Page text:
Zierden in Alabama













State Climatologist David Zierden at the AgroClimate workshop in Alabama. 

Article04In the Press  


6/15/11: Bone-dry Brevard sees fire risk rise (Florida Today; with State Climatologist David Zierden)   


6/23/11: 'Exceptional' drought areas expand to cover nearly 25% of Florida (Palm Beach Post; with State Climatologist David Zierden)   


EventsUpcoming Events


July 18-20, 2011: AMS 19th Annual Conference on Applied Climatology and AMS Conference on Climate Adaptation (Asheville, NC)


July 20-22, 2011: 36th Annual Meeting of the American Association of State Climatologists (Asheville, NC)

ServiceExampleExample Data Request 

Each month, we highlight here recent examples of some of the many public services provided by the Florida Climate Center:

During the month of June, the Florida Climate Center received numerous calls about the lack of rain and the current drought conditions plaguing the state. A few media outlets contacted State Climatologist David Zierden for interviews about how the drought compared to the 1998 drought and the more recent drought in 2007.   


In addition to the media, public citizens were calling and emailing the office to find out similar information. One person was interested in knowing about the lake levels of Lake Lanier in Georgia and if the state would be having another 'water war' with Alabama and Georgia. Another individual from South Florida wanted to know if Lake Okeechobee had broken the record low lake level of 8.82 feet set on July 2, 2007. A gentleman from Indian River County wanted to know how he could help officials learn about the drought conditions he was experiencing at his location. He was directed to the Drought Impact Report run by the National Drought Mitigation Center and walked through the process of submitting a report.  


While recent rains have eased some of the more severe drought across the state, there is still a large area of the state that's experiencing exceptional drought conditions. You can monitor the state of the drought by going to the National Drought Monitor page for Florida. The Drought Monitor updates every Thursday morning and contains information provided by the State Climatologist, the National Weather Service Office in Florida, and the Water Management Districts across the state.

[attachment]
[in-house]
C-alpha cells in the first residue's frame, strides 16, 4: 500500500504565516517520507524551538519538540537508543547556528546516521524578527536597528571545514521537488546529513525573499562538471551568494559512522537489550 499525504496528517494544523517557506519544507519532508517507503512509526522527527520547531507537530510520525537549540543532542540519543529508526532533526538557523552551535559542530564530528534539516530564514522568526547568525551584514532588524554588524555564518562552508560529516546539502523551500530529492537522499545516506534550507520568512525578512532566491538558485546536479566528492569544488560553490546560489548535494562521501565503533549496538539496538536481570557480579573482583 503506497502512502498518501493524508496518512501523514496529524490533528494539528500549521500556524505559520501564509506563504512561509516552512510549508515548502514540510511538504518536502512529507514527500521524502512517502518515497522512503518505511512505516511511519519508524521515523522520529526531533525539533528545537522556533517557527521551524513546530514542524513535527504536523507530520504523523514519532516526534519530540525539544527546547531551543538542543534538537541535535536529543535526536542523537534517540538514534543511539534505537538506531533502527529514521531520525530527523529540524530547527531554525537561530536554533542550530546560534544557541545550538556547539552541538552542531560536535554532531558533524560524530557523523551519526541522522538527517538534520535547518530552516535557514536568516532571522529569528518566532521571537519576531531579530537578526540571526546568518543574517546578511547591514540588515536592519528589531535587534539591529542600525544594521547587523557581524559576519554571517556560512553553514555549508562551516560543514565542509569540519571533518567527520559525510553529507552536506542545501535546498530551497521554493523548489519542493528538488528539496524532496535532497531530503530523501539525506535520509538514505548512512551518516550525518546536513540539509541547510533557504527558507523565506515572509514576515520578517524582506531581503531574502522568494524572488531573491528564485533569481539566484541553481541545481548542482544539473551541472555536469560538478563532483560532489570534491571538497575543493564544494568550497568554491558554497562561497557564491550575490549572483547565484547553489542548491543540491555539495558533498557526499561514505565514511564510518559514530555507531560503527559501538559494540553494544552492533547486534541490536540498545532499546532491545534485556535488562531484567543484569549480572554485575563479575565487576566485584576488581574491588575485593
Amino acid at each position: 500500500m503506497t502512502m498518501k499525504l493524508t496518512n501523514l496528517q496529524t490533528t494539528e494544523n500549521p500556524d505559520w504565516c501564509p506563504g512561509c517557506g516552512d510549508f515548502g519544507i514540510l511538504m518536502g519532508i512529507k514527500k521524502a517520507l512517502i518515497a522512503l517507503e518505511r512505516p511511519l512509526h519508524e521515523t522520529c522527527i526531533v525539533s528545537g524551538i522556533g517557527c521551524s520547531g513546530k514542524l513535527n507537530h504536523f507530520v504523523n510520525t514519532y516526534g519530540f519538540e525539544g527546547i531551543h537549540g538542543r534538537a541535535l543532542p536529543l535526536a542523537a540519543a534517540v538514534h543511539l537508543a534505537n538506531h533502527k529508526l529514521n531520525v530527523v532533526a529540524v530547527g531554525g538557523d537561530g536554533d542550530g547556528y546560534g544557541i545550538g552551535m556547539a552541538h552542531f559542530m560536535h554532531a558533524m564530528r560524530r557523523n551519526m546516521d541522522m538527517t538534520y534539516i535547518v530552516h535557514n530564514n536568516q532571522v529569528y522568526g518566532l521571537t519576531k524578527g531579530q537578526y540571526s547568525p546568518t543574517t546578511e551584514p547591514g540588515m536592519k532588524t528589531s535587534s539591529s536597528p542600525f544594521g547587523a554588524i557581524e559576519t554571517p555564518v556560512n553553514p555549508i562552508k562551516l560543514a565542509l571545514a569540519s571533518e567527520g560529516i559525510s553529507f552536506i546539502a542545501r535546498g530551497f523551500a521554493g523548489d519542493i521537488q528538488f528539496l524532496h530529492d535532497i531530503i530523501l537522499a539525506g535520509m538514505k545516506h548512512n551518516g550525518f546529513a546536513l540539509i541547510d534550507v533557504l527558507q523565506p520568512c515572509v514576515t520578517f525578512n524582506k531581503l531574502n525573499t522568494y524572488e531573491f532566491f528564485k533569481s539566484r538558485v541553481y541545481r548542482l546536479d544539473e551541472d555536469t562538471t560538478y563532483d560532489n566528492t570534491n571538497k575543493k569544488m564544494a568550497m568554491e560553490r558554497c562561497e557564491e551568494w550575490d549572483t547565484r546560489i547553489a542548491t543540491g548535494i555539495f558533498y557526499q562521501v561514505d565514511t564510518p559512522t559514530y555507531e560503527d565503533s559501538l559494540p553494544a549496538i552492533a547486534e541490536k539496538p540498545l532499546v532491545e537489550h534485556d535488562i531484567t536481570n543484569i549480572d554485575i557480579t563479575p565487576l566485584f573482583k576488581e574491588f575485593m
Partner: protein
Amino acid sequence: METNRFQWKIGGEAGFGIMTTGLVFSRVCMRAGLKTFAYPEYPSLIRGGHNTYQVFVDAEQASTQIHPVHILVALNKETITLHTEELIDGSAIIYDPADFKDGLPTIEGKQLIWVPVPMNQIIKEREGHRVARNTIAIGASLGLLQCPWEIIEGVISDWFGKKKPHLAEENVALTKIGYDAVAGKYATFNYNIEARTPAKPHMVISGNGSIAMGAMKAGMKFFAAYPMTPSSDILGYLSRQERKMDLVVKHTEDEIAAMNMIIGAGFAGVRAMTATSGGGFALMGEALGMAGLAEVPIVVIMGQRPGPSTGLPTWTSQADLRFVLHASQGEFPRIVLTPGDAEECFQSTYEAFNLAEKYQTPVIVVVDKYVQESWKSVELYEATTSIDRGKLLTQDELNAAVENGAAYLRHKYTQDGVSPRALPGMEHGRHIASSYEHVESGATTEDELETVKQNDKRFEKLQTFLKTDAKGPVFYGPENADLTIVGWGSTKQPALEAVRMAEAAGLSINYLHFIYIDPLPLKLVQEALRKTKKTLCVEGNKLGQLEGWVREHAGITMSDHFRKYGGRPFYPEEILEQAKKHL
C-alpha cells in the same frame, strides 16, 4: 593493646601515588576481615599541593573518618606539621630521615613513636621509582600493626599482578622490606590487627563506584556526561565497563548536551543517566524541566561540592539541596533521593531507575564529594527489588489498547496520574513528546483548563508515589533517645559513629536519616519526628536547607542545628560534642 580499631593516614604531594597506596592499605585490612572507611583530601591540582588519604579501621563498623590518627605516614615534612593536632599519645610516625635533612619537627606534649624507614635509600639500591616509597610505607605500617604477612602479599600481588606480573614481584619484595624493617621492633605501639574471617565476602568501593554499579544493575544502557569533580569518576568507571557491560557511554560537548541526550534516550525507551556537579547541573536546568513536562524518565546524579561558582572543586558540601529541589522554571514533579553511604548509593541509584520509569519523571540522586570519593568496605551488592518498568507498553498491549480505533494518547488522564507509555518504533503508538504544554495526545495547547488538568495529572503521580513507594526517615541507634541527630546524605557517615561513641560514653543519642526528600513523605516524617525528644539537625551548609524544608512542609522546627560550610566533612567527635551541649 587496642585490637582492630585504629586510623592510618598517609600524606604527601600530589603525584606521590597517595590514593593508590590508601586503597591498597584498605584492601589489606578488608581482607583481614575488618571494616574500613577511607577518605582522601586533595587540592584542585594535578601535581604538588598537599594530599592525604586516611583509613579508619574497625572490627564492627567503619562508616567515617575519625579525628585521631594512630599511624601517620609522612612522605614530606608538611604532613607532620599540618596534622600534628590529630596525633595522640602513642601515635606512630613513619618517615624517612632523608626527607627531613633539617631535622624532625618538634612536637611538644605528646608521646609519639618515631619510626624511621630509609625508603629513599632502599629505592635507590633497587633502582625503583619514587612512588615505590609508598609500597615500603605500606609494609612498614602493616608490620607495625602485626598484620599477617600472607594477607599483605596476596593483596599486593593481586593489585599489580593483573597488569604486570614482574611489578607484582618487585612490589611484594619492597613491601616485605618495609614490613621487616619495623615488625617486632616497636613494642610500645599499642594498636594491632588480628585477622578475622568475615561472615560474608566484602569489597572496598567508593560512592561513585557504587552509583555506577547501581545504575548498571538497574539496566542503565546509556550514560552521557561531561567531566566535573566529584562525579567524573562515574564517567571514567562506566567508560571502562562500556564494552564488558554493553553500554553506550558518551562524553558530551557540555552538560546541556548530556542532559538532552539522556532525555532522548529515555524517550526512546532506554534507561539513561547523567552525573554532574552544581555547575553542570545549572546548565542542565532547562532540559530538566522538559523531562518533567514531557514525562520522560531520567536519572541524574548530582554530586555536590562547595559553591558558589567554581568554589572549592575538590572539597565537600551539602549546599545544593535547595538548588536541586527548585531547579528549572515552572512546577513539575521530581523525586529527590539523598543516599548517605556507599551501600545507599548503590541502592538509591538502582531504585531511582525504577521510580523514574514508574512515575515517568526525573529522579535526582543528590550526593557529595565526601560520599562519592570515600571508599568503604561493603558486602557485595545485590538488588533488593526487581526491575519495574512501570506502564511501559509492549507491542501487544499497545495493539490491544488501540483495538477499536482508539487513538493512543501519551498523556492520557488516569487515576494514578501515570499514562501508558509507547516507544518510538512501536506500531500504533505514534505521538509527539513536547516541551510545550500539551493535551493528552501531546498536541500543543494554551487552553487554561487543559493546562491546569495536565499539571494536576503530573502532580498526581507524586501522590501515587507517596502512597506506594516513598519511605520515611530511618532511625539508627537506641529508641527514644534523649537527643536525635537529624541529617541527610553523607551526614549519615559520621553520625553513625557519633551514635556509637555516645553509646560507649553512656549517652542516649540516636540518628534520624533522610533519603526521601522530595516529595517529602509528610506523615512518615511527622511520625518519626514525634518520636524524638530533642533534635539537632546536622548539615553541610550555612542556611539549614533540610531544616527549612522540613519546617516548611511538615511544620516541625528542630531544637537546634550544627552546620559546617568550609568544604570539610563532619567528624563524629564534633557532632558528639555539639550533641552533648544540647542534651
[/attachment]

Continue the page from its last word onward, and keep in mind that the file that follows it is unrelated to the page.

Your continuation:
Drought Monitor - FL

Article01Find Us on Facebook!  

You can now 'like' the Florida Climate Center on Facebook! By joining our Facebook page, the latest Florida Climate Center news items will automatically show up in your "news feed" when you first login to Facebook. To join, click the link below, then click the "like" button on our Facebook page.


Find us on Facebook   

AboutUsAbout Us 

The Florida Climate Center is part of a three-tiered system of national, regional, and state climate offices, including NOAA's National Climatic Data Center and the Southeast Regional Climate Center. The Florida State Climatologist and other staff at the Florida Climate Center provide the following information and services to the people of Florida:


� Climate Data:

Historical weather observations for weather stations throughout the state of Florida. We are able to provide data for most stations from 1948-present.


� Climate Information:

Long-term historical averages for various stations, climate divisions, and the entire state.


� Extreme Event Records:

Information and analyses on extreme events such as freezes, droughts, floods and hurricanes.


� Special Analysis:

With their vast knowledge of El Ni�o, La Ni�a and climate variability, the State Climatologist and staff can offer expert insight into Florida's climate trends.


� Outreach:

Activities, presentations, and workshops that inform and educate the people of Florida about current and emerging climate issues. We also coordinate volunteers for the Community Collaborative Rain, Hail & Snow Network (CoCoRaHS).


More About Us 


[email protected]      (850) 644-3417